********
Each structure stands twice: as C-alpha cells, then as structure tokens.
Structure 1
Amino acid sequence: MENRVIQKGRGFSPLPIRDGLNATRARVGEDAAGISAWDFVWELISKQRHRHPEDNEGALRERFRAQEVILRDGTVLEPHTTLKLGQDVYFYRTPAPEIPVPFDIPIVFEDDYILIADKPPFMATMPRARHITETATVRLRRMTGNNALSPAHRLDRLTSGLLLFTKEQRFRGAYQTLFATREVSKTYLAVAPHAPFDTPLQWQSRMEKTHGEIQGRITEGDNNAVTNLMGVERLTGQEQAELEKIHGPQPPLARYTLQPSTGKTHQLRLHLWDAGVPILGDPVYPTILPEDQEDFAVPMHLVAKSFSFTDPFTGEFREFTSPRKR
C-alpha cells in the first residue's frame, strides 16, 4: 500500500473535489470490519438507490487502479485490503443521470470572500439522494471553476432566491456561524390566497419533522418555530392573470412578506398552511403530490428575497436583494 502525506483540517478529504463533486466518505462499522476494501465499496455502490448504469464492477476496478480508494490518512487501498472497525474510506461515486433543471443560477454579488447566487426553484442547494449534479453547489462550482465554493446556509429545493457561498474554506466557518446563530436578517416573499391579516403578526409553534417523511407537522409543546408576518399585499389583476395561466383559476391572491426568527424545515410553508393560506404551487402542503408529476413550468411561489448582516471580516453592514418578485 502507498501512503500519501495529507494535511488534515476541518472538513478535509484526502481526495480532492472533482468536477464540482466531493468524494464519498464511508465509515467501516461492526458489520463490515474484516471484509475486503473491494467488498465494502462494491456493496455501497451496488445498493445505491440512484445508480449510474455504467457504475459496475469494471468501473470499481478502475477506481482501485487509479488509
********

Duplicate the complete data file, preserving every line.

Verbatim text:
Each structure stands twice: as C-alpha cells, then as structure tokens.
Structure 1
Amino acid sequence: MENRVIQKGRGFSPLPIRDGLNATRARVGEDAAGISAWDFVWELISKQRHRHPEDNEGALRERFRAQEVILRDGTVLEPHTTLKLGQDVYFYRTPAPEIPVPFDIPIVFEDDYILIADKPPFMATMPRARHITETATVRLRRMTGNNALSPAHRLDRLTSGLLLFTKEQRFRGAYQTLFATREVSKTYLAVAPHAPFDTPLQWQSRMEKTHGEIQGRITEGDNNAVTNLMGVERLTGQEQAELEKIHGPQPPLARYTLQPSTGKTHQLRLHLWDAGVPILGDPVYPTILPEDQEDFAVPMHLVAKSFSFTDPFTGEFREFTSPRKR
C-alpha cells in the first residue's frame, strides 16, 4: 500500500473535489470490519438507490487502479485490503443521470470572500439522494471553476432566491456561524390566497419533522418555530392573470412578506398552511403530490428575497436583494 502525506483540517478529504463533486466518505462499522476494501465499496455502490448504469464492477476496478480508494490518512487501498472497525474510506461515486433543471443560477454579488447566487426553484442547494449534479453547489462550482465554493446556509429545493457561498474554506466557518446563530436578517416573499391579516403578526409553534417523511407537522409543546408576518399585499389583476395561466383559476391572491426568527424545515410553508393560506404551487402542503408529476413550468411561489448582516471580516453592514418578485 502507498501512503500519501495529507494535511488534515476541518472538513478535509484526502481526495480532492472533482468536477464540482466531493468524494464519498464511508465509515467501516461492526458489520463490515474484516471484509475486503473491494467488498465494502462494491456493496455501497451496488445498493445505491440512484445508480449510474455504467457504475459496475469494471468501473470499481478502475477506481482501485487509479488509